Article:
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Antimalarial substances found in New Caledonian sponges

Marine organisms synthesize many different substances, some of which possess anticarcinogenic, antiviral or antiparasitic properties. Only 1% of recorded marine species have had their chemical composition analysed. IRD scientists and their partners (1) have investigated the chemical structure of substances extracted from New Caledonian sponges. They demonstrated antimalarial activity in 25 members of the phloeodictine family of alkaloids, isolated from one of the species of shallow-water sponge present in lagoon. Laboratory tests showed these substances to be active against a chloroquine-resistant strain of Plasmodium falciparum, the pathological agent of malaria. These substances with hitherto unknown structures have potential as starting material for elaborating novel antimalarial medicines. Living organisms are an enormous reservoir of natural compounds potentially active against viruses, bacteria or cancerous cells, that could lead to the development of new medicines. Out of about 145 000 natural substances described today, 10% come from marine organisms. Among the few such organisms studied for their chemical composition, sponges of the genus Phloeodictyon (Haploscleridae) collected in shallow New Caledonian waters during campaigns of the programme "Marine Substances of Biological Interest" (SMIB), have proved to contain particular organic compounds, the phloeodictines, alkaloids with powerful antibacterial properties (2). Up to now, only deep-water species of Phloeodictyon were thought to synthesize these alkaloids, present in all the samples of such bathyal forms taken from an array of seamounts off the southern sector of New Caledonia. However, phloeodictines have recently been found in shallow-water Oceanapia (a taxonomic synonym of Phloeodictyon) species living on the reef off the east coast of New Caledonia, by a joint scientific team involving the IRD, the University of Trente (Italy), the CNRS and the industrial group Pierre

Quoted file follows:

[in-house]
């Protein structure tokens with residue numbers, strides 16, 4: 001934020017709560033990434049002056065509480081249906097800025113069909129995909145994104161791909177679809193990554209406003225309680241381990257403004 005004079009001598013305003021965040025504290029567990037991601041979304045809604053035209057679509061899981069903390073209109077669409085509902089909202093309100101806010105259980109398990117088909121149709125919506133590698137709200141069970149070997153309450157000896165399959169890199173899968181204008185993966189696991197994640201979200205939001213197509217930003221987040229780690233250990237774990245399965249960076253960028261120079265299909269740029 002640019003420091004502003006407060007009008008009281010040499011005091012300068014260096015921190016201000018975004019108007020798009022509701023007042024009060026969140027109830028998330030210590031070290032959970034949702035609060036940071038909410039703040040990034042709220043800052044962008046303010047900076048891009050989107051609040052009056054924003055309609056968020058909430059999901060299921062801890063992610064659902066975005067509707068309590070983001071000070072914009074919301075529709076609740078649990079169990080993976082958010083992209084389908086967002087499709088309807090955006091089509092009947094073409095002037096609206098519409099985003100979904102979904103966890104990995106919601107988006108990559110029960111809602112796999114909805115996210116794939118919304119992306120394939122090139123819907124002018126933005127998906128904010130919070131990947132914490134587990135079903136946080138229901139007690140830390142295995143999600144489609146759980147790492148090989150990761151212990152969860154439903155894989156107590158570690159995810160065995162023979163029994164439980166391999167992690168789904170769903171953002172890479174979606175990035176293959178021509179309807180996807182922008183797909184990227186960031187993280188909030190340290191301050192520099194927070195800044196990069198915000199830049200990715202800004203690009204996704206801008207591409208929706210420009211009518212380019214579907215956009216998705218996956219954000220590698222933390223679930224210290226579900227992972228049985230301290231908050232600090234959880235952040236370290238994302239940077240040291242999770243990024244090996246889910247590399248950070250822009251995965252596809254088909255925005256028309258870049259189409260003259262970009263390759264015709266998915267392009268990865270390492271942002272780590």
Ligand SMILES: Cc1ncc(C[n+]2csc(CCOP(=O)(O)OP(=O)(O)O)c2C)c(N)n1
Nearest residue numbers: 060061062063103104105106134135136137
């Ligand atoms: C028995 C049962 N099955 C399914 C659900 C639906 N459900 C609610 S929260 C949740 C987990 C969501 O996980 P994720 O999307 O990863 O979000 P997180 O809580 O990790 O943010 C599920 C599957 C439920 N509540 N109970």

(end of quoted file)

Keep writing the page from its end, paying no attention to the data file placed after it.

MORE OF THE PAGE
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Contact: Bndicte Robert
presse@paris.ird.fr
33-148-037-519
Institut de Recherche Pour le Dveloppement
21-Jul-2004


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